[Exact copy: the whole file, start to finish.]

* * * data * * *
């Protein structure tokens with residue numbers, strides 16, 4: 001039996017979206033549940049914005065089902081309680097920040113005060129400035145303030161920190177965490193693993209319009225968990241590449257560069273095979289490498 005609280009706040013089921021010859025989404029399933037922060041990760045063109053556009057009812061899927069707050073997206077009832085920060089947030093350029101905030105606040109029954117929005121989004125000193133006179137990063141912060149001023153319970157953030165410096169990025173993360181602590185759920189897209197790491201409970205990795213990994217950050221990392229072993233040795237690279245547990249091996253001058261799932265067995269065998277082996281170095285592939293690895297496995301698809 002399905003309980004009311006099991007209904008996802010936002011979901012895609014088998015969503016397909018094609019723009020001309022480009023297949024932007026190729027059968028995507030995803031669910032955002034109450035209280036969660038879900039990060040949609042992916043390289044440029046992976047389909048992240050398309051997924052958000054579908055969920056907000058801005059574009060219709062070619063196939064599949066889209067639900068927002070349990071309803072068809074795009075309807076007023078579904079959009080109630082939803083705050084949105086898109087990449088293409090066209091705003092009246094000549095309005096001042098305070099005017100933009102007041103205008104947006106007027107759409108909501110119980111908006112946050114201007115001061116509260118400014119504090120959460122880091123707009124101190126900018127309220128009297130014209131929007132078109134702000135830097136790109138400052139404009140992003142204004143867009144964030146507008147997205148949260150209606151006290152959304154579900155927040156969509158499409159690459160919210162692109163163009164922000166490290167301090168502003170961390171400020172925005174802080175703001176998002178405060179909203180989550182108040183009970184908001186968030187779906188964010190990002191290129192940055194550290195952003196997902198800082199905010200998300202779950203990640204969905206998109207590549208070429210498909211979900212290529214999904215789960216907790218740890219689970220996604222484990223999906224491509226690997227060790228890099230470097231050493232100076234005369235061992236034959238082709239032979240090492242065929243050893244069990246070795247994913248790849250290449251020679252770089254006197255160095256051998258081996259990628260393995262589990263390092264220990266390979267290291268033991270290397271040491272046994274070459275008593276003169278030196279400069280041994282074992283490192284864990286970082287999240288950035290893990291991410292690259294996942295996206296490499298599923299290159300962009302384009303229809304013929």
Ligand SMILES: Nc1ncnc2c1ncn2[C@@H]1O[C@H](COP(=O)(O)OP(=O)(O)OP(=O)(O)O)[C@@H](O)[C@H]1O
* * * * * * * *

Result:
């Protein structure tokens with residue numbers, strides 16, 4: 001039996017979206033549940049914005065089902081309680097920040113005060129400035145303030161920190177965490193693993209319009225968990241590449257560069273095979289490498 005609280009706040013089921021010859025989404029399933037922060041990760045063109053556009057009812061899927069707050073997206077009832085920060089947030093350029101905030105606040109029954117929005121989004125000193133006179137990063141912060149001023153319970157953030165410096169990025173993360181602590185759920189897209197790491201409970205990795213990994217950050221990392229072993233040795237690279245547990249091996253001058261799932265067995269065998277082996281170095285592939293690895297496995301698809 002399905003309980004009311006099991007209904008996802010936002011979901012895609014088998015969503016397909018094609019723009020001309022480009023297949024932007026190729027059968028995507030995803031669910032955002034109450035209280036969660038879900039990060040949609042992916043390289044440029046992976047389909048992240050398309051997924052958000054579908055969920056907000058801005059574009060219709062070619063196939064599949066889209067639900068927002070349990071309803072068809074795009075309807076007023078579904079959009080109630082939803083705050084949105086898109087990449088293409090066209091705003092009246094000549095309005096001042098305070099005017100933009102007041103205008104947006106007027107759409108909501110119980111908006112946050114201007115001061116509260118400014119504090120959460122880091123707009124101190126900018127309220128009297130014209131929007132078109134702000135830097136790109138400052139404009140992003142204004143867009144964030146507008147997205148949260150209606151006290152959304154579900155927040156969509158499409159690459160919210162692109163163009164922000166490290167301090168502003170961390171400020172925005174802080175703001176998002178405060179909203180989550182108040183009970184908001186968030187779906188964010190990002191290129192940055194550290195952003196997902198800082199905010200998300202779950203990640204969905206998109207590549208070429210498909211979900212290529214999904215789960216907790218740890219689970220996604222484990223999906224491509226690997227060790228890099230470097231050493232100076234005369235061992236034959238082709239032979240090492242065929243050893244069990246070795247994913248790849250290449251020679252770089254006197255160095256051998258081996259990628260393995262589990263390092264220990266390979267290291268033991270290397271040491272046994274070459275008593276003169278030196279400069280041994282074992283490192284864990286970082287999240288950035290893990291991410292690259294996942295996206296490499298599923299290159300962009302384009303229809304013929």
Ligand SMILES: Nc1ncnc2c1ncn2[C@@H]1O[C@H](COP(=O)(O)OP(=O)(O)OP(=O)(O)O)[C@@H](O)[C@H]1O